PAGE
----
Houthis use drone boat for the first time to hit cargo vessel in Red Sea but US claims USV missed target

The attack came just hours after US issued a 'final warning' to the militant group

YEMEN-PALESTINIAN-ISRAEL-PROTEST Members of the Yemeni Coast Guard affiliated with the Houthi group patrol the sea as demonstrators march through the Red Sea port city of Hodeida in solidarity with the people of Gaza | AFP

Ignoring the final warning issued by the US to stop attacks on ships in the  Red Sea, the Iran-backed militant group Houthis launched a drone boat,  for the first time since October 7, to strike cargo vessel Maersk Gibraltar on Thursday.

The Houthi rebels said the Maersk Gibraltar container ship was "targeted with a drone and the hit was direct." The militant group's spokesman Yahya Saree said the attack came after the ship’s crew "refused to respond to the calls of the Yemeni naval services" and that it was intended as retaliation for the "oppression of the Palestinian people."

The latest attack came one day after 12 countries including the US, UK,  and Japan issued a joint statement cautioning the Houthis of unspecified "consequences" unless it halts its attacks.

According to Vice Admiral Brad Cooper, the head of US Navy operations in the Middle East, it was the first time the Houthis had used an Unmanned Surface Vessel or USV since the Israel-Hamas war began.  They have used USVs in the past against Saudi coalition forces that intervened in Yemen’s war. The USVs, a key part of the Houthi maritime arsenal, are suicide drone boats that explode upon impact. 

However, the US Navy claimed that the attack failed to cause any damage or casualties. Cooper added that the Houthi exploding boat drove out about 50 miles (80 km) into the Red Sea and then detonated in dense shipping lanes. "It came within a couple of miles of ships operating in the area - merchant ships and U.S. Navy ships - and we all watched as it exploded," Cooper told reporters, adding the target of the attack was not clear.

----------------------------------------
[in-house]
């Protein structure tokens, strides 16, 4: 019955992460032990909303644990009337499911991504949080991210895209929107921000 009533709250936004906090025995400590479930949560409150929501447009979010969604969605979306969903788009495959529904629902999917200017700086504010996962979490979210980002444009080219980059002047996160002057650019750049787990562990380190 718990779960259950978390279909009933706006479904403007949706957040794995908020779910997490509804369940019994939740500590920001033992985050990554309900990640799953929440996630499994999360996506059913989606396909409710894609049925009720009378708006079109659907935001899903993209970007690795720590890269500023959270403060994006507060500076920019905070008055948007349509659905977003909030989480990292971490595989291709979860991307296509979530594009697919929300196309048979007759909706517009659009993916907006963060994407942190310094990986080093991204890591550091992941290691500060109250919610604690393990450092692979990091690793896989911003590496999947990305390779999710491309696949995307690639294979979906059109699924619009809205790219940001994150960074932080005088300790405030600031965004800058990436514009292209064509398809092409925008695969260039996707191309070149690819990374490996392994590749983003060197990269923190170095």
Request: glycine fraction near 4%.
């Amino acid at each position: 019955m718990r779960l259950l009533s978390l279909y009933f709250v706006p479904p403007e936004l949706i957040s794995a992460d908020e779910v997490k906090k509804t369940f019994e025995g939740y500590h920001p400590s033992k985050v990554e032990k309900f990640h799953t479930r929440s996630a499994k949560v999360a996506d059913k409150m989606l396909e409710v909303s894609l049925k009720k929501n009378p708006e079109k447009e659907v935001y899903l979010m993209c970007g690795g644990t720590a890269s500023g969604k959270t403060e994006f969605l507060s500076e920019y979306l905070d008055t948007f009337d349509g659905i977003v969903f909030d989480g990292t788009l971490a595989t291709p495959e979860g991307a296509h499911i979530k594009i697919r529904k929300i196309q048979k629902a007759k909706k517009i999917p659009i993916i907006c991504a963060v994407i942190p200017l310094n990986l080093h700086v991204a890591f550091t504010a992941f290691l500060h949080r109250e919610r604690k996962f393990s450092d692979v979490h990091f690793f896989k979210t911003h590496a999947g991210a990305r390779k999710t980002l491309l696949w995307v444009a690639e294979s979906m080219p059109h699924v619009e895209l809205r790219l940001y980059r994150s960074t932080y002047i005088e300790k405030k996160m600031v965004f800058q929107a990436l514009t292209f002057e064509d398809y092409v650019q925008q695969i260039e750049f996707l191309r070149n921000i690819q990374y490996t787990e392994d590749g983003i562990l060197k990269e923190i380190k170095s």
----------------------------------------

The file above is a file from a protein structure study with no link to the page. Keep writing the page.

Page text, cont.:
Danish shipping giant Maersk confirmed no one was hurt in the incident involving its ship, which was sailing from Salalah in Oman to Jeddah, Saudi Arabia. "The crew and vessel are reported safe," Maersk said in a statement, adding that the company was "still working to establish the facts of the incident."

Cooper added that despite the warning, there are "there are no signs that their irresponsible behaviour is abating", adding that there have now been 25 attacks by the Houthis against merchant vessels transiting the southern Red Sea and the Gulf of Aden.

On whether Operation Prosperity Guardian might target Houthi positions with strikes to stop them from attacking ships, Cooper said that the 22-nation coalition was purely defensive. "Anything that happens outside of the defensive aspect of this operation is a completely different operation," he said. 

Though Houthis claim their attacks on commercial shipping target vessels with Israeli links or were sailing to Israel, the US claims many of the targeted vessels had no Israel connection. Cooper said the ships that have been attacked have direct connections to 55 countries. "So regardless of the vessel's company ownership or its destination, these Houthi attacks are for sure destabilising and contrary to international law and clearly ... must stop immediately," Cooper said.


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